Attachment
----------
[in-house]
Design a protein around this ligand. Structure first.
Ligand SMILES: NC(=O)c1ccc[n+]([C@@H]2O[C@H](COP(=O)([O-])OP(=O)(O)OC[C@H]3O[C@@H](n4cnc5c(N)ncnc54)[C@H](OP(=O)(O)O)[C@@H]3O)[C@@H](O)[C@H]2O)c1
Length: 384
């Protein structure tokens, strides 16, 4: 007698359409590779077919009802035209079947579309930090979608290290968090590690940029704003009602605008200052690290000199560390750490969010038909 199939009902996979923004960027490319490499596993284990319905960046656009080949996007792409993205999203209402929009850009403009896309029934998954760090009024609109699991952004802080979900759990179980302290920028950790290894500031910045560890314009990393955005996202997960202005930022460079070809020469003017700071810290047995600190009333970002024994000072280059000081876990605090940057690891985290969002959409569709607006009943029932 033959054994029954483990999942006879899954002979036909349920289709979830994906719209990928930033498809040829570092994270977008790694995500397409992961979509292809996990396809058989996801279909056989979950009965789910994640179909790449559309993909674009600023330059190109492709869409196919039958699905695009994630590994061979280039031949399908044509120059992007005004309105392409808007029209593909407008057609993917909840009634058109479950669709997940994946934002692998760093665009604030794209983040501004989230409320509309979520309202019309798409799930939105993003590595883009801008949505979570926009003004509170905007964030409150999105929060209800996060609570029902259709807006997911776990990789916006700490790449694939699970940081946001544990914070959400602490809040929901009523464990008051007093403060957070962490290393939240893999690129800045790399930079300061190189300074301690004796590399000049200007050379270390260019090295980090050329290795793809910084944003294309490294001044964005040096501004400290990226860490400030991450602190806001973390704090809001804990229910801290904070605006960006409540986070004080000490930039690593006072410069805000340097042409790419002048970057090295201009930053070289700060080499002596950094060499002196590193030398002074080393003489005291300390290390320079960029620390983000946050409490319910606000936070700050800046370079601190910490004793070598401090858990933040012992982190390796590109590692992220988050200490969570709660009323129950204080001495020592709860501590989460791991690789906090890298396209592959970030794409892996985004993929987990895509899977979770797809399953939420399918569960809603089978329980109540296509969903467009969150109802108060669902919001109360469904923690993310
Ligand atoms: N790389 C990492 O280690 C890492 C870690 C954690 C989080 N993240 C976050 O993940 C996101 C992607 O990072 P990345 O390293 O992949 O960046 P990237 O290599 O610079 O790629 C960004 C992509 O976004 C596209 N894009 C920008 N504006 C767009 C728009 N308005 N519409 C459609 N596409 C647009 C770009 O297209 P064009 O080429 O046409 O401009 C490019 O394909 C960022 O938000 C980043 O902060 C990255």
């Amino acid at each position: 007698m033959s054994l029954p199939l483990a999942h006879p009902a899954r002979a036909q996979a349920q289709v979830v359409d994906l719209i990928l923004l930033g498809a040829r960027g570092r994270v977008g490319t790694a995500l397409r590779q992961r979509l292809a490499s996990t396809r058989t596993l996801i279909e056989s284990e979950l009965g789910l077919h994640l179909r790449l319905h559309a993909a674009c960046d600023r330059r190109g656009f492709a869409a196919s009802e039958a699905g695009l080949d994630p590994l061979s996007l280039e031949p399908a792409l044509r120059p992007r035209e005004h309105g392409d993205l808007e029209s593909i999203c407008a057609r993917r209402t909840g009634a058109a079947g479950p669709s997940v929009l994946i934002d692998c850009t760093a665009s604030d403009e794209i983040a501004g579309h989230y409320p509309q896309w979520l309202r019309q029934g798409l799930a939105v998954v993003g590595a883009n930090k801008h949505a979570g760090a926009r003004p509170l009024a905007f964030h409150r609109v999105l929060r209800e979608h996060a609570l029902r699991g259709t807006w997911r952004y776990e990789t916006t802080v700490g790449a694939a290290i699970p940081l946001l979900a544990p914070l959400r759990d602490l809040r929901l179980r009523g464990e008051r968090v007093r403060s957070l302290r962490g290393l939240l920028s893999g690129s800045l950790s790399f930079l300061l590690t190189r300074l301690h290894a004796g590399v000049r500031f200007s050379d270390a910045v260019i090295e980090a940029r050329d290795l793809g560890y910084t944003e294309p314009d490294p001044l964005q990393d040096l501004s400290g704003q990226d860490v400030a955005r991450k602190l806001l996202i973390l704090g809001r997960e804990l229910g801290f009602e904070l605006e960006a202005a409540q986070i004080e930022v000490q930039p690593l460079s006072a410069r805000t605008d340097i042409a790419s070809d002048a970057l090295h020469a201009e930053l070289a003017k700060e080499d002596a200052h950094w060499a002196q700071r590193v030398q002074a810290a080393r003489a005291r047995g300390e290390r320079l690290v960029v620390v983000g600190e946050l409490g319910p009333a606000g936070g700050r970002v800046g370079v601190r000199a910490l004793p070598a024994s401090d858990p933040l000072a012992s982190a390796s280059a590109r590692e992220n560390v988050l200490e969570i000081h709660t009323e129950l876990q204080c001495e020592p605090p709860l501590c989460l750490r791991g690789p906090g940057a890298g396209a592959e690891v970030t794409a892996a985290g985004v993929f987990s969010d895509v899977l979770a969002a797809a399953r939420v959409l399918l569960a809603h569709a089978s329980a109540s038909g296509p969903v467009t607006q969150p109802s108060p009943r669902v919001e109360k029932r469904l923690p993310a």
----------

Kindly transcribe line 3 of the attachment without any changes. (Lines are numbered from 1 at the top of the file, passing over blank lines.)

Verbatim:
Ligand SMILES: NC(=O)c1ccc[n+]([C@@H]2O[C@H](COP(=O)([O-])OP(=O)(O)OC[C@H]3O[C@@H](n4cnc5c(N)ncnc54)[C@H](OP(=O)(O)O)[C@@H]3O)[C@@H](O)[C@H]2O)c1